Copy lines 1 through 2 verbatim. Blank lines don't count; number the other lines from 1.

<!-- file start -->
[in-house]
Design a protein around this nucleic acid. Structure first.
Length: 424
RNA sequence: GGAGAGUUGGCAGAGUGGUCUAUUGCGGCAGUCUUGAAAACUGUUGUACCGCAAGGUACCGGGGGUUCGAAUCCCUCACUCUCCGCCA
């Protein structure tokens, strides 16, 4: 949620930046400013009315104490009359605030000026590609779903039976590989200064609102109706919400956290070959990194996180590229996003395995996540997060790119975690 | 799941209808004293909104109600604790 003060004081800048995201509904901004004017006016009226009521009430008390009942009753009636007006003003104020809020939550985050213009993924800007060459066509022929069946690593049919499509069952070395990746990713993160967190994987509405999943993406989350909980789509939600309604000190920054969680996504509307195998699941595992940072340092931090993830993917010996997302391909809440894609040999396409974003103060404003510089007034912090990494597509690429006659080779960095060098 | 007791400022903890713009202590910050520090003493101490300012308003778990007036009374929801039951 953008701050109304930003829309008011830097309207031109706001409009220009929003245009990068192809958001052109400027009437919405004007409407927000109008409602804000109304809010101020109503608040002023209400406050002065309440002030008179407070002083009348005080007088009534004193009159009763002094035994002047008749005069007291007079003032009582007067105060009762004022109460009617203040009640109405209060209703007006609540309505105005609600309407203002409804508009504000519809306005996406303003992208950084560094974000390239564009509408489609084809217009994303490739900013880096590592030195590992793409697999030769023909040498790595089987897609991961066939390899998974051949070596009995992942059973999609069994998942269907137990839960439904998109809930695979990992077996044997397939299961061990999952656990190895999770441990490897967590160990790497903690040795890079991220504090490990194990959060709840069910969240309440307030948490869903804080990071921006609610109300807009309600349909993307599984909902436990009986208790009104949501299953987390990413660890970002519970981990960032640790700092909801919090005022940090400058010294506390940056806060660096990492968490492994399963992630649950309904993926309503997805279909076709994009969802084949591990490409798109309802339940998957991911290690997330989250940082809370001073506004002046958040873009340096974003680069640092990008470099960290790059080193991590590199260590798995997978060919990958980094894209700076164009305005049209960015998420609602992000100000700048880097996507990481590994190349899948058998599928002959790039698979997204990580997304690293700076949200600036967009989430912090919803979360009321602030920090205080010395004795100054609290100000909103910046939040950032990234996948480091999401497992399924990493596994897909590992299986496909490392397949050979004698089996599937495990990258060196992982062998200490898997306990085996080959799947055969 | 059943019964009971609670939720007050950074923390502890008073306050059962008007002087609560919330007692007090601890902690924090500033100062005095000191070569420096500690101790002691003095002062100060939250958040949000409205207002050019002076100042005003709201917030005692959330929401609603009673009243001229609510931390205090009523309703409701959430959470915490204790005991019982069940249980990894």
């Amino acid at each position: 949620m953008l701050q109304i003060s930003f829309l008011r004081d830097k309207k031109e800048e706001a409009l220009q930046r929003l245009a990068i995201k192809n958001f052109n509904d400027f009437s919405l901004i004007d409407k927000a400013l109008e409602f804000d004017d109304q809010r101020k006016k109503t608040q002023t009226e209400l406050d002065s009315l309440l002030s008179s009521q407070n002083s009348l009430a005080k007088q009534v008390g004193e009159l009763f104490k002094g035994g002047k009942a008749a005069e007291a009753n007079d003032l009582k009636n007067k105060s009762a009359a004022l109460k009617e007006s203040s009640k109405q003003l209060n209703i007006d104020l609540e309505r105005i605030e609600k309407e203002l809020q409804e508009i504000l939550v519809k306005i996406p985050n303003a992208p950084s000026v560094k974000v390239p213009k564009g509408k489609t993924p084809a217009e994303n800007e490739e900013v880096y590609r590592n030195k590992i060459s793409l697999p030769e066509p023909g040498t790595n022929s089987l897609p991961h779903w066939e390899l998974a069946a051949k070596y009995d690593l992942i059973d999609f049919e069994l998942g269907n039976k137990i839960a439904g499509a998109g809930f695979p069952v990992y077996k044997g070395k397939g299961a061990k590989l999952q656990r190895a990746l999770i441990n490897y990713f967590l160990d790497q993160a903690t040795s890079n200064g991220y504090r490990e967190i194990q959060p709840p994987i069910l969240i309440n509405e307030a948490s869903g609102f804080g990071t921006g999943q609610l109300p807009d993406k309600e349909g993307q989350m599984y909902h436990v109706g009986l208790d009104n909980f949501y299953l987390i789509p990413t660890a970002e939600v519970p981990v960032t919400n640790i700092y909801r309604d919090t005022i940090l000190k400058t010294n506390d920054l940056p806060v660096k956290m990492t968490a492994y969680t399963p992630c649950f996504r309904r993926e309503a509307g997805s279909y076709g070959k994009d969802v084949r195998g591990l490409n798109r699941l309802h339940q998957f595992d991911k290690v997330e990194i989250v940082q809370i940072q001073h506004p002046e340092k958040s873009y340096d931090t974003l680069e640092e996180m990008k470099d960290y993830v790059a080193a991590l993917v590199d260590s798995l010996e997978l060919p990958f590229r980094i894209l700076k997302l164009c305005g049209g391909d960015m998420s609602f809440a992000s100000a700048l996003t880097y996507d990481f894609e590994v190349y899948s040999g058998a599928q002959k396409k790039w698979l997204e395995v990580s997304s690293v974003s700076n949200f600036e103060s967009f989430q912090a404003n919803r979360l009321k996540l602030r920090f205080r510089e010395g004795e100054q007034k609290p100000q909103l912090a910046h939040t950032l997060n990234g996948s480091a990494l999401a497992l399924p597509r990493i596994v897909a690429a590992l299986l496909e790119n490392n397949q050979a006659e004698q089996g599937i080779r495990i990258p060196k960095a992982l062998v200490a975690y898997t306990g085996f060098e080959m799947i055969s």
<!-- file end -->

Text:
[in-house]
Design a protein around this nucleic acid. Structure first.